Food costs have been on the rise since the onset of the pandemic. The price of meat in particular spiked sharply in the spring, due to the limited number of processing facilities that feed the U.S. supply chain. At its height in May, the Bureau of Labor Statistics reported that prices of meat, poultry, fish, and eggs soared by 10 percent to extremes not seen in more than a decade. Gordon Food Service, a major wholesaler, told MLive in July that some cuts of meat had nearly doubled in price. Disruptions at facilities like slaughterhouses where employees faced greater risks for contracting COVID-19, made it difficult to keep a steady supply of chicken, pork, and beef to stores and wholesalers.
The limited amount of meat available, in turn, drives up costs for grocery shoppers and restaurant operators alike. Now, many Michigan restaurants are trimming their menus, streamlining their recipes, and training staff to juggle multiple duties in an effort to combat rising operating costs and provide the same caliber of experience that warrants a $30 pizza. It’s a complicated numbers game unlike any the hospitality industry has faced before.
At Coop, a Caribbean food stall at Detroit Shipping Company in Cass Corridor, the wild variations in food costs forced owner Max Hardy to make some major adjustments to his menu over the past month and a half. Hardy has not only had to scale back portion sizes on meals at Coop, but also restructure menu items in response to the rising operating costs. The price of wings, for example, went from between $75 to $80 a case to between $100 and $300 a case, Hardy says. Takeout and single-use containers and flatware — a necessity for nearly every restaurant in operation during the pandemic — is another expense on the rise. Hardy estimates that his supply of eco-friendly containers averages between $55 and $70 per case. It is an additional cost that contributes to the weight of this new normal. At the same time, with dining and carryout being so unpredictable it is hard to anticipate ordering trends and stay on track for budgeting.
Hardy is far from alone. Saffron De Twah scaled back beef options on the menu during its reopening in June after witnessing the extreme increase in meat prices. And at Hop Lot Brewing Co. in Suttons Bay, Steve Lutke opted to strip a popular summertime brisket sandwich from the menu when he realized the brewery would likely have to charge $25 per sandwich.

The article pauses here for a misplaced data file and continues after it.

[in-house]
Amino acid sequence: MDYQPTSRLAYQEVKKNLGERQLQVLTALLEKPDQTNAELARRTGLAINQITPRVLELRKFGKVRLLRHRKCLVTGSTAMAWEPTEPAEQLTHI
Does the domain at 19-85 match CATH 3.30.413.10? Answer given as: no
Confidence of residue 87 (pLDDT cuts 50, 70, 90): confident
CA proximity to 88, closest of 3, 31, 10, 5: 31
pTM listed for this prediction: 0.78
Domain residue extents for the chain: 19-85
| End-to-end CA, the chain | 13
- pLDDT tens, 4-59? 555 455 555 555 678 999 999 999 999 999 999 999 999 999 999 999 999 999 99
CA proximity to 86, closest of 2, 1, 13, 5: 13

Most restaurants have always had to face the battle around food cost. A typical goal is to operate around 25 percent within the overall budget. However, Hardy says he’s currently operating around 28 percent, a seemingly modest increase that makes a big difference in a business with very thin profit margins.
Some businesses like Parks Old Style BBQ in Detroit’s North End have opted to eat those additional food costs in the short-term to maintain the customer experience. Owner Rod Parks tells Eater that cutting portion sizes isn’t really an option at his restaurant where portion sizes are measured by accepted barbecue standards. “A rack of ribs is eight ribs,” he points out, and because his business was geared towards takeout before the pandemic, he didn’t need to make too many costly adjustments to his operations. Parks feels as though his vendors’ prices change from day-to-day and that not all of those increases can be attributed to COVID-19. Small increases of one or two percent for a company that orders twice a week can take a toll on food costs, but keeping prices affordable for the guest is a priority, he says.
As a restaurateur, Hardy’s agrees that it’s tough putting all of these additional costs on guests. The consumer isn’t generally privy to the details of food costs at restaurants, but the financial circumstances of the pandemic have driven Hardy to take a new approach: In an effort to defend the adjustments he’s made to the menu, he offers a public spreadsheet displaying his current food costs, keeping things transparent for his guests and staff.
Wayne State-area spot Common Pub had to increase prices slightly during the pandemic in order to cope with the rising food costs, but recently things have been looking up. In late-July the restaurant announced that its menu had been adjusted to reflect a decline in the price of certain items — a small bit of relief for the business. One supplier recently confirmed a similar trend in decreasing meat prices to MLive. Owner, Paul Silveri is positive about patio season, and with only being open for three years, feels they are prepared to provide good service with the restrictions they are held to for the time being. He notes that the restaurant has adopted new strategies to reach customers including ramping up its social media presence, offering pre-packaged food items, and selling to-go cocktails.
Overall, restaurant operators seem united in the goal of trying to bring back some sense of normalcy during a very aberrant time for the industry. That could mean any number of things from whittling down menus to the essentials or paring down portion sizes. Yet, those adjustments aren’t necessarily going to rescue every business. “Not every restaurant was designed to pivot in the world of COVID-19, and many won’t survive it,” says Brendon Edwards, former executive chef at Gold Cash Gold. “The hospitality industry is a resilient one, but it will be a long road.”
Eater is tracking the impact of the novel coronavirus on the local food industry. Have a story to share? Reach out at firstname.lastname@example.org.
• Seeing Beefed Up Prices at Michigan Grocery Stores and Restaurants? Here’s Why [MLive]
• Consumer Prices for Food at Home Increased 4.8 Percent for Year Ended May 2020 [Bureau of Labor Statistics]
• It’s Still the Jungle Out There [E]